Tuesday, June 14, 2005
Tim Wakefield needs Doug Mirabelli behind the plate, Matt Clement needs Jason Varitek behind the plate. Part of it is actual performance (with Mirabelli back there, Wake can throw the knuckler with a little more aplomb, since he knows his catcher has at least a middlingly fair chance of coralling it properly) and part of it is mental (Clement is just more confident with 'Tek feeding him signs). Either way it's starting to become more and more evident, Wake for the year and Clement in comparison to his past seasons with the Cubs (and their various, forgettable catchers).
'Tek was playing today despite the fact that his wife gave birth to a baby girl (their third) at around 4 am. I doubt Mrs. Varitek was best pleased at being left to her own devices so her husband could play a baseball game the very same night, but 'Tek probably had a good idea that Clement, known for skittishness and fussy mound behavior, would be reduced to a shivering wreck of a pitcher if he wasn't there to guide him through the game (ambiguous pronoun usage ahoy!).
So we, as Red Sox fans, owe 'Tek some very sincere thanks. Because his wife may or may not be furious with him, but in any event Clement today pitched like a man who had got his special catching friend behind the plate, and the Reds responded by hitting like they had never seen such a happy marriage of veteran catcher and starry-eyed pitcher before.
Also, Manny, better. I don't mean the homerun, that was nice, but tenuous; if Wily Mo makes that catch, it's just a really spectacular Web Gem. What was good to see was that tonight Manny was hitting towering fly balls for outs instead of striking out looking or (wince-inducingly) swinging. That means that for whatever reason he was seeing the ball better all night, and so long as Manny is seeing the ball well I am not as concerned. The power will come back, and eventually those fly popouts will drop where they are no fielders.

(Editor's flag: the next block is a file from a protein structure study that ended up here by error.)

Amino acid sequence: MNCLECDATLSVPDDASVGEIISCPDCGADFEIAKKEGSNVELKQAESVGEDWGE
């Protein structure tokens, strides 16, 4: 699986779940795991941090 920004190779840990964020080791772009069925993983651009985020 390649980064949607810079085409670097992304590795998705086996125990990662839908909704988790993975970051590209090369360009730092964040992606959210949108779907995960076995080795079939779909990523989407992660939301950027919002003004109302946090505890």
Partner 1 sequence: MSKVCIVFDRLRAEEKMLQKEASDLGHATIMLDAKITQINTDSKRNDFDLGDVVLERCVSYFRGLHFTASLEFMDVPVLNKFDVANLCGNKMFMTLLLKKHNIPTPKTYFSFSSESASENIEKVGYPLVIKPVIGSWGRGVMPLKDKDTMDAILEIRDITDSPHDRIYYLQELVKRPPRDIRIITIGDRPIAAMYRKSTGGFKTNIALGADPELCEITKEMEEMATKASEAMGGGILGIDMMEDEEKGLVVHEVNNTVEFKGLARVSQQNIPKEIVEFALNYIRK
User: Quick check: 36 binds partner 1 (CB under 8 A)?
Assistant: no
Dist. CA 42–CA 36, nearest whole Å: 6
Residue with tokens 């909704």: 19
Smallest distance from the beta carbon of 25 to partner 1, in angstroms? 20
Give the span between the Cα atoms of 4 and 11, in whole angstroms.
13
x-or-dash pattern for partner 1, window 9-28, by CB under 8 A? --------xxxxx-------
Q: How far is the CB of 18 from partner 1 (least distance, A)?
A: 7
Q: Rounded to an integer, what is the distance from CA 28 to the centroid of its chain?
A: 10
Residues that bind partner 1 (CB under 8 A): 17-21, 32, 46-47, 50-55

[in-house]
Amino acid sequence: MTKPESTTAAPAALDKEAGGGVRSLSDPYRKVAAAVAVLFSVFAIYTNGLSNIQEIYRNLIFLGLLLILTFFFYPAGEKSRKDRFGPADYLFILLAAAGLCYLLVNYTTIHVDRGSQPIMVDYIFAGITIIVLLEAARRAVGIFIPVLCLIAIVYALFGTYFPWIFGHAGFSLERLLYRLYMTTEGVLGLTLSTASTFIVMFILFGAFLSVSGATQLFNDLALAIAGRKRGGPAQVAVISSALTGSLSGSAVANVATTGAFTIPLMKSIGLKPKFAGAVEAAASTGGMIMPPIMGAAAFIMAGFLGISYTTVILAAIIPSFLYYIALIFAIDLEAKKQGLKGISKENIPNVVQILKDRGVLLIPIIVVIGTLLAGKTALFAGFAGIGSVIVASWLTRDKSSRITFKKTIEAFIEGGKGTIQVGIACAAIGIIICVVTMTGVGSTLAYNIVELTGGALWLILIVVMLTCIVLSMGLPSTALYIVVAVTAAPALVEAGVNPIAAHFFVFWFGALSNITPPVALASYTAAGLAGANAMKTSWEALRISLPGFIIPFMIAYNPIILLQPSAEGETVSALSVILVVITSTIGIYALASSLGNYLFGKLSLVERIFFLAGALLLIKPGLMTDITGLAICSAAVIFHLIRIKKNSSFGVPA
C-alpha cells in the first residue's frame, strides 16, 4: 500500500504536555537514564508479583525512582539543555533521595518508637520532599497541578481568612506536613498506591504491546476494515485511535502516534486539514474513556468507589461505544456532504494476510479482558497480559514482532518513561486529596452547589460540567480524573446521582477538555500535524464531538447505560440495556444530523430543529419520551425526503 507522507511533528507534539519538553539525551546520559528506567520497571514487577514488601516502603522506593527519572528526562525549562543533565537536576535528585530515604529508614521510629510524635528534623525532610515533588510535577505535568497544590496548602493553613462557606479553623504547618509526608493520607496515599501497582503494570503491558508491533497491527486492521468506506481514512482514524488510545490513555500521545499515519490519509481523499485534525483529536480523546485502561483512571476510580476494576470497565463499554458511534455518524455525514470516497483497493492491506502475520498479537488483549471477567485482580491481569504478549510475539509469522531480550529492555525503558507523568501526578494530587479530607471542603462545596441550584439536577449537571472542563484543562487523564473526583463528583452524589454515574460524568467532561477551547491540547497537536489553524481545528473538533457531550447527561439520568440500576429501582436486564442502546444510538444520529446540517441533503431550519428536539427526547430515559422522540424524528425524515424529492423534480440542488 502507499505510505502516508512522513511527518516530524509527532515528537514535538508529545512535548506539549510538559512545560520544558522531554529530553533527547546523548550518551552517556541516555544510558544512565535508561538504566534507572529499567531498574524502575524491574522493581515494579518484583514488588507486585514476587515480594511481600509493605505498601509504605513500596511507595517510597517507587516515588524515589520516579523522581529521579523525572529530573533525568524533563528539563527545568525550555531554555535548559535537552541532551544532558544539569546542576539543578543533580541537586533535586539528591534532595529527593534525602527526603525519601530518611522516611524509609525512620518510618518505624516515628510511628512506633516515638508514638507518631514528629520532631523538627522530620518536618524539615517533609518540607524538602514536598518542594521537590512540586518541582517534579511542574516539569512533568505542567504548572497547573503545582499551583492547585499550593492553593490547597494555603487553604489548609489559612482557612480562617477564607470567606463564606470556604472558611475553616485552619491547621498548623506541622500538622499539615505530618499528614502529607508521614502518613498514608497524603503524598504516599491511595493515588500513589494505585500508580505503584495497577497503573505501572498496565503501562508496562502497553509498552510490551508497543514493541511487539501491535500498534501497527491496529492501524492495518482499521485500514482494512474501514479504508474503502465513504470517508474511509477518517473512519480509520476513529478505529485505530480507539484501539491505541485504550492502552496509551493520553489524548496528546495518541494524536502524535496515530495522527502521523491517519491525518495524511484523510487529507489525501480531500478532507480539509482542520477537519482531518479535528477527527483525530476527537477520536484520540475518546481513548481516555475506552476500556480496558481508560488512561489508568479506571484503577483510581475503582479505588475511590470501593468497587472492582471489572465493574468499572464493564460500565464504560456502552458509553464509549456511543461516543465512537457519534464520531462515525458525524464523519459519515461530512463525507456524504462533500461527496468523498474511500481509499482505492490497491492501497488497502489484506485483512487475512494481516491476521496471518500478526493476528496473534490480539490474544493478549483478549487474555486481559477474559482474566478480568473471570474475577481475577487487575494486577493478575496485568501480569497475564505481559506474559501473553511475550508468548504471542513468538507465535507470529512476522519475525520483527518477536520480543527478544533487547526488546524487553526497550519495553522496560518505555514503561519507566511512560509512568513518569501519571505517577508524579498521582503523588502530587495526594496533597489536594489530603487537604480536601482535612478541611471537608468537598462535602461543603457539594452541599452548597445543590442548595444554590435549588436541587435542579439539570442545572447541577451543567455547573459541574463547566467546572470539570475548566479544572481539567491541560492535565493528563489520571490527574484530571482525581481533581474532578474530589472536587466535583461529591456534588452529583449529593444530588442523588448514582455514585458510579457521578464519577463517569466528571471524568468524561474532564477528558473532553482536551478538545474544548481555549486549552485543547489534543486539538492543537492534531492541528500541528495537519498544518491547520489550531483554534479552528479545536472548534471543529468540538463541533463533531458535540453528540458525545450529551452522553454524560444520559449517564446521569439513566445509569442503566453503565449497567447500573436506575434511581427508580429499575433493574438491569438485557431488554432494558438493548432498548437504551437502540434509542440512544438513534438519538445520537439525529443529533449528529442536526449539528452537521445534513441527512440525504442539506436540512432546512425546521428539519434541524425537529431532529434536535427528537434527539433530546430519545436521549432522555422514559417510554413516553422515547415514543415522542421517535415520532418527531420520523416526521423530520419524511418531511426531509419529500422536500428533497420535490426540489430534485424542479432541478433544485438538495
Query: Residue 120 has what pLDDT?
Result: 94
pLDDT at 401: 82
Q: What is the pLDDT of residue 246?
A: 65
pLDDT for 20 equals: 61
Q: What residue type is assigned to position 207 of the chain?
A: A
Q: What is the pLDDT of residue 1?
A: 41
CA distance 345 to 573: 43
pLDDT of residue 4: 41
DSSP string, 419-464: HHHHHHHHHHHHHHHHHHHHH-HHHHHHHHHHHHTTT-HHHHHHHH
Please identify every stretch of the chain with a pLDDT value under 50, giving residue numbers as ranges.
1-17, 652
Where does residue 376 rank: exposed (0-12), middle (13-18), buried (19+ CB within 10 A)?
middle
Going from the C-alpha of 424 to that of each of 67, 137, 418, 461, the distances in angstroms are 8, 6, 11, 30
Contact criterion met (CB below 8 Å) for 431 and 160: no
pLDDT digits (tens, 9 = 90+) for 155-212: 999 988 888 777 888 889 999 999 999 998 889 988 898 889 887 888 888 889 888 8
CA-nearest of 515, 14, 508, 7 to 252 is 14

It was the idea of Manny not seeing the ball that caused me to become nervous. If he's making any kind of quality contact at all it means that his mechanics themselves are the problem now, not his ability to see the pitches. Which is not to say that I'm not concerned about Manny, still, but it sure is heartening. He's on his home turf, the weather is turning warm just like he likes it, and the Reds pitching staff is not the most formidable in the majors. This would be a good time for him to start turning it around. If he's still battling to eke out a meager run here and there at the end of this homestand, I'll be seriously uneasy.
I expect every blogger out there will be talking about Don and Remy's foray into the world of manhugs today, but let me recap it swiftly for those of you who will have already read about it 5,000 times. Manny gets back to the dugout after hitting one of those long flyball outs. Kevin Millar, who is apparently very big on positive reinforcement, gives Manny a great big Red Sox hug. Don and Remy are sent into a tizzy over this, replaying it several times and talking about how this is not a 'baseball hug' (the awkward, manly, one-armed affair), but is instead a 'full-on manhug' (both arms, all-out).
They then go on to discuss how the Red Sox team in its current incarnation is 'very huggy' and all about the full-on manhug, as opposed to the baseball hug. They trace the roots of the phenomenon back to Carlos Baerga, seemingly the original manhugging member of the Sox, and Remy relives a little tale about how he approached Nomar for a handshake only to be enveloped in a hug, in which he (Remy) had no idea what to do with himself.
That is not a 'baseball hug'.*
Don and Remy are gleefully crowing about this for the remainder of the half-inning (as they do), and you can almost literally see male viewers all around the Boston area shifting awkwardly in their seats, while female viewers all around the Boston area squeal for unadulterated joy. As if we needed to be reminded why, in part, we love this team so much.